Do you have a tip for future freebies? Contact me with any suggestions or requests.

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Shankar Vedantam has written for the Washington Post about psychological research on the effects of misinformation and how it applies to politics. Media Matters has a nice summary of some of the implications:

If Candidate A lies about Candidate B, for example, the fact that Candidate A is lying should be the lede – otherwise the news report just drills the false claim into readers’ and viewers’ minds, allowing the misinformation to take hold before it is corrected.  As I wrote in my column on Friday, the news media too often privileges lies rather than punishing them.

Lies need to be debunked in the right way, or there can end up being a boomerang effect.

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Here’s another observation relating to the importance of framing and controlling first impressions. Drew Westen, a psychology professor at Emory University, has written an article outlining how the Obama campaign needs to get their framing of the McCain-Palin ticket out there before the Republicans are able to deliver their own message at the RNC.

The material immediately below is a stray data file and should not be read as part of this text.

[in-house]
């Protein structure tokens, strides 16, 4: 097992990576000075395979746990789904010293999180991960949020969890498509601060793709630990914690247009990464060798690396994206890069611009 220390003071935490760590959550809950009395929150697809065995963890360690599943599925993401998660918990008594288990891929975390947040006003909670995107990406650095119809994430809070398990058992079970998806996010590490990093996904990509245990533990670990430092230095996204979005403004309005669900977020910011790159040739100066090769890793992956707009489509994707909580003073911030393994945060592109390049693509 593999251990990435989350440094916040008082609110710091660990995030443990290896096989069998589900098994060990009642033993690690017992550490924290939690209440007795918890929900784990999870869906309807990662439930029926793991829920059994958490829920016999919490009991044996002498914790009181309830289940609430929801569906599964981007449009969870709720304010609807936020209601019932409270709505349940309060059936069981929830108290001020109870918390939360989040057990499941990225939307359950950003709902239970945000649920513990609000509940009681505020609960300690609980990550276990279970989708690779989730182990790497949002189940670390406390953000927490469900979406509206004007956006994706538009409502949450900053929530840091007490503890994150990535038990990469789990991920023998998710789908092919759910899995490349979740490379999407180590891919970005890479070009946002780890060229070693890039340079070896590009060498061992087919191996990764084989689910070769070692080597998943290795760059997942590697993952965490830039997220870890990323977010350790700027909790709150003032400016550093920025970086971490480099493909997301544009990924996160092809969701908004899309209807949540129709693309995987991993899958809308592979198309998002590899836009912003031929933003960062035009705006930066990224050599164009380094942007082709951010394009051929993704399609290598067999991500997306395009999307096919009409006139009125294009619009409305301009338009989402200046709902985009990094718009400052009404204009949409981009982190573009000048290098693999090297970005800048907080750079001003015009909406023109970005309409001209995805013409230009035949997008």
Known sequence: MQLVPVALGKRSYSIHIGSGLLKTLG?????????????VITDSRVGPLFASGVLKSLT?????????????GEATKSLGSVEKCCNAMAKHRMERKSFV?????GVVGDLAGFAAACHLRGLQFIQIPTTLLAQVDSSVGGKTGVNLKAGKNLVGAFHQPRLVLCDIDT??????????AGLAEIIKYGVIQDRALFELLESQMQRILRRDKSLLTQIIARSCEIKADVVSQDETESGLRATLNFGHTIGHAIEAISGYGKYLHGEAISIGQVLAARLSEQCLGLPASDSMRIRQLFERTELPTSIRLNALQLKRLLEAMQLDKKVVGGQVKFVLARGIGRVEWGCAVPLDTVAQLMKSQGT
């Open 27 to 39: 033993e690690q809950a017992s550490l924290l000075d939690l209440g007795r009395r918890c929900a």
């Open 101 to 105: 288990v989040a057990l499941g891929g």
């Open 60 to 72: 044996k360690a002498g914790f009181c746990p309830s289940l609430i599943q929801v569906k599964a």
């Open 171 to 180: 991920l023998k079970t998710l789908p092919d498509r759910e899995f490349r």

As I have noted previously in talking about the impact of false information, perceptions tend to stick once they have been created, and attempts to amend them can actually have a negative effect when the original information is repeated. While this is true of false propositions (e.g., that Saddam Hussein was connected to 9/11, or that John McCain had an illegitimate black child) and can be used maliciously, it is also true in terms of framing – the attempt to present factual information to emphasise the issues that are to your advantage and minimise the negative impact of that information. Westen has set out some of the ways that the Democrats can use to frame McCain’s choice of Palin as a bad one – naturally, the Republicans will try to frame them as a strong team. While it is not the only thing, the timing of getting these narratives out there will be an important factor in deciding their effectiveness.